Back when I was in the thick of my involvement with TurboGears, I remember seeing an email from someone complaining that, unlike with PHP apps, TurboGears apps cuoldn’t be hosted on $1 per month hosting accounts. While I was always interested in seeing TG apps on inexpensive shared hosts, I had no expectation that people could host TG apps for $1 per month. And, frankly, I don’t think I care about that.
Software development is full of tradeoffs. As Ian Bicking points out, PHP’s deployment model has some good aspects. As long as you stick to the constructs provided by PHP, it’s fast and the programming model is very simple and side-effect free. Now, however, PHP users want the productivity goodness that you get from higher-level OO frameworks like TG, Django and Rails. To create frameworks like those in PHP means optimizing the framework so that it loads the minimal amount of code in any given request. This is a constraint that TG, Django and Rails don’t have to consider at all, since the code is loaded once and kept resident (in any sane deployment).
The DreamHost blog recently lamented the pain of Rails deployment in their shared hosting environment. I’m frankly not too sympathetic. WebFaction seems to be able to manage shared deployments of modern frameworks quite nicely, and I assume they’re making a profit at it. WestHost provides quite inexpensive VPSes for folks who want to do it all themselves. I like DreamHost, and I’m a satisfied customer, but if others can figure out reasonably priced ways to host Rails and TG, DreamHost should be able to as well. (Full disclosure: those links are the same affiliate links that I have in my sidebar. I mention them here because they are relevant to the topic at hand, but it’s worth mentioning that following those links and buying services there does give me some money.)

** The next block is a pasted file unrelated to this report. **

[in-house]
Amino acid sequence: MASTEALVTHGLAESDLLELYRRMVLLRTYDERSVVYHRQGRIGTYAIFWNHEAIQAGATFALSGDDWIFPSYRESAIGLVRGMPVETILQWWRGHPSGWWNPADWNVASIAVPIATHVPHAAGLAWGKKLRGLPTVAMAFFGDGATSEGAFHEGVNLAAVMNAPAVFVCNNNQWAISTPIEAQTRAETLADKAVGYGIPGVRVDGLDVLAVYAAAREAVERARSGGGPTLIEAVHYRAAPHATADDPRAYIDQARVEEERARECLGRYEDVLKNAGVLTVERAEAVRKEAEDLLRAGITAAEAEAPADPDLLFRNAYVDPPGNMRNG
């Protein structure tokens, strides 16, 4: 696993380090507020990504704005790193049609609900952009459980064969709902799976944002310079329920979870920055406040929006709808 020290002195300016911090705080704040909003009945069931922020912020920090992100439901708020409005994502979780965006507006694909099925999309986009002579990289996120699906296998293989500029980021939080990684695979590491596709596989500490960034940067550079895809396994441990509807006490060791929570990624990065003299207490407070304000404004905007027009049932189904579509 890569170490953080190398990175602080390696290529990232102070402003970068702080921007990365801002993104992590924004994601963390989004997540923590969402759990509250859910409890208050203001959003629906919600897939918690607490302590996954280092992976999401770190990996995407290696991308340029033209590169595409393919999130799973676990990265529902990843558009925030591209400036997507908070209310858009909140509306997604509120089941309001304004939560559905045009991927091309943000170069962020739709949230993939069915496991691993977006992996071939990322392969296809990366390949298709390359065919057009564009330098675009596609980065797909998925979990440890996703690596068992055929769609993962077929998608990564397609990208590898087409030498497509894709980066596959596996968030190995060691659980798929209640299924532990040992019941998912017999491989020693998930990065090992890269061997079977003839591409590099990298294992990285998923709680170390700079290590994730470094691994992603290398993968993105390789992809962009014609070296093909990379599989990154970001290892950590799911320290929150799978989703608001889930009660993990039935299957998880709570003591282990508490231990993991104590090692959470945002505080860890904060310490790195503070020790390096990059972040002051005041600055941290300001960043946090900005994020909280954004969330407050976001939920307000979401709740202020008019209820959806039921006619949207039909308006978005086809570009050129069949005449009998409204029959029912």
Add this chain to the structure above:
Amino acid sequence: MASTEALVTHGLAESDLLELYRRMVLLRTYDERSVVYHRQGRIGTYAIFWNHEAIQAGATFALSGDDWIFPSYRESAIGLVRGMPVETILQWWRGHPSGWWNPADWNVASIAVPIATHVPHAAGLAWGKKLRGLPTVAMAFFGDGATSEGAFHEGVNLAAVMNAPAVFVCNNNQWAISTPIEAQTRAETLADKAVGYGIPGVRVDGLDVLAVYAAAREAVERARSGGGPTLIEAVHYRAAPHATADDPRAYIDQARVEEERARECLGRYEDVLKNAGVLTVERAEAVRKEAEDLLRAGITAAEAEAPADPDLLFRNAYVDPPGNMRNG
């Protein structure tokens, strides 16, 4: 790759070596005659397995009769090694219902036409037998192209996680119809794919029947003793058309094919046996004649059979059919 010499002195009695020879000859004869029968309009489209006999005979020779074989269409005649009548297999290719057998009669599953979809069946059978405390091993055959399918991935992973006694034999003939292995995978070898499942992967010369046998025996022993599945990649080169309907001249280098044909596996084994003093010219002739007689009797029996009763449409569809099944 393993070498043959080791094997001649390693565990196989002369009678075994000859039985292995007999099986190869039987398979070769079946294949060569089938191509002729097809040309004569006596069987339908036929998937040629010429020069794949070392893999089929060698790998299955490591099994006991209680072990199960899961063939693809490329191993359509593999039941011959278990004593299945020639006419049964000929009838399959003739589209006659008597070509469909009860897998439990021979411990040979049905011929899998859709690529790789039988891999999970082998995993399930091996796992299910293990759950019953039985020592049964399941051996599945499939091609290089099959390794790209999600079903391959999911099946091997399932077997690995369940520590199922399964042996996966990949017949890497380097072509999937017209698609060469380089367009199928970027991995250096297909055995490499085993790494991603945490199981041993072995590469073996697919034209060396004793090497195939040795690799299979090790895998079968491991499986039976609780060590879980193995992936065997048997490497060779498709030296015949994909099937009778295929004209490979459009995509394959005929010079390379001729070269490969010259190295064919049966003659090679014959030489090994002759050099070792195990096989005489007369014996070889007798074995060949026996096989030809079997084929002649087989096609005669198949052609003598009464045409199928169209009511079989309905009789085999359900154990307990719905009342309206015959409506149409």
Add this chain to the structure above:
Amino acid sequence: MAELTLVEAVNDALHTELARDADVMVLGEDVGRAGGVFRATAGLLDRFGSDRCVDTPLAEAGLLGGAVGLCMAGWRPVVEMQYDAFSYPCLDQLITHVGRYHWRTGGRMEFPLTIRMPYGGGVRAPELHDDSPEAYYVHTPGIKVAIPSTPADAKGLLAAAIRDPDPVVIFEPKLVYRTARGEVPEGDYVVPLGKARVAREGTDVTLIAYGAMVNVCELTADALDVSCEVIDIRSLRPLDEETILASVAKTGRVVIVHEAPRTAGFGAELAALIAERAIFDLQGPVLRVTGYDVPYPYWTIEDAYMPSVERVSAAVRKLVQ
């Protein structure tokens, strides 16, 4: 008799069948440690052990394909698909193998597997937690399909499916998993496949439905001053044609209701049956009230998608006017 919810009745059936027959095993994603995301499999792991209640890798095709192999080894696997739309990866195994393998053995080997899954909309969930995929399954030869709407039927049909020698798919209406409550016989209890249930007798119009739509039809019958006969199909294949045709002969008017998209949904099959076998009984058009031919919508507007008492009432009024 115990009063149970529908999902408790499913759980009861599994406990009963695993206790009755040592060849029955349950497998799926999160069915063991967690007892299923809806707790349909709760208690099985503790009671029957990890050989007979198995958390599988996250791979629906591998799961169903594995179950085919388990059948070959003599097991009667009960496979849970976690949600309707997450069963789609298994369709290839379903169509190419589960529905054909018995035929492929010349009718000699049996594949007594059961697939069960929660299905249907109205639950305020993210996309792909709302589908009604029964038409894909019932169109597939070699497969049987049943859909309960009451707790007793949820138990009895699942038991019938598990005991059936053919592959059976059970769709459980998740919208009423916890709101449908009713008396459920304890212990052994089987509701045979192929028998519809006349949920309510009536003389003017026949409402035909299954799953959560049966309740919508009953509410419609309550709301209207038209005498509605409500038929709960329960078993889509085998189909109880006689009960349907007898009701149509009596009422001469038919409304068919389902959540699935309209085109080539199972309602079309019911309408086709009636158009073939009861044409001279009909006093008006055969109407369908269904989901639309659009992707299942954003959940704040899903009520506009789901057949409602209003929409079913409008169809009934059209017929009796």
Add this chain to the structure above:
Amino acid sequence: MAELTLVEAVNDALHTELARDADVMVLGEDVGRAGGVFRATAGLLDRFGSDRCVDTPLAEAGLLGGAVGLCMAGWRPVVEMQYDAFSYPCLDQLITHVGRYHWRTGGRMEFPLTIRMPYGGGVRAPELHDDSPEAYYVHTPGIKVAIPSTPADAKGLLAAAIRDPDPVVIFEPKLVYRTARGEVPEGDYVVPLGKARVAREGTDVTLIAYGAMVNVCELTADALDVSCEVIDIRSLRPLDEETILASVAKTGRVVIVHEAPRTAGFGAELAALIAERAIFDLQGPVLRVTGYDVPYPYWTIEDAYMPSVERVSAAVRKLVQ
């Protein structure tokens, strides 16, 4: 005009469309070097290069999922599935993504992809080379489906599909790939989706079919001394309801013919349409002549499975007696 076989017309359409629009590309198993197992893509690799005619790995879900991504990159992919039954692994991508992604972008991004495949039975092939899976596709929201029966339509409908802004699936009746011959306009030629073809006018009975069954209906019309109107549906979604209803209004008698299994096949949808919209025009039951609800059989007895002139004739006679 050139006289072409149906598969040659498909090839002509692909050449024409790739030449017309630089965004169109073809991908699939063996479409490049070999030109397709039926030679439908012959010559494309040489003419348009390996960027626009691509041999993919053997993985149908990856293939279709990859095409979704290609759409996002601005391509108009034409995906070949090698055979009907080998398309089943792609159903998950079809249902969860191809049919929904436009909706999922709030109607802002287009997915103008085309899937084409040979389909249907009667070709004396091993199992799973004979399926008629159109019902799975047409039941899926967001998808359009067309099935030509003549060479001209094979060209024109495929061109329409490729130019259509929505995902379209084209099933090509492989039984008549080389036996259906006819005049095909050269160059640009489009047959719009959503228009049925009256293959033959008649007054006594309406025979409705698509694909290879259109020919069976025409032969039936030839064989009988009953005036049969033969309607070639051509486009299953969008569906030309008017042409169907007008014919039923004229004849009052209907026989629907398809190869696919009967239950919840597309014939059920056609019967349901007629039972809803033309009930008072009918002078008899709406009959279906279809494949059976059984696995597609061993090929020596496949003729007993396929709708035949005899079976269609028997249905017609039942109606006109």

Maybe DreamHost shouldn’t be looking at it like “how can I get Rails into an existing $10/month package” but rather what kind of good Rails hosting setup can i do for $15/month. Rails seems like a fine value-add… and if there are others undercutting them, then they can figure out how to compete on price.
All of this is not to say that we shouldn’t try it make deployment easier or frameworks better. It’s just not likely to be worth making the tradeoffs required to match PHP’s deployment in an effort to shave a couple bucks a month off of low-end hosting.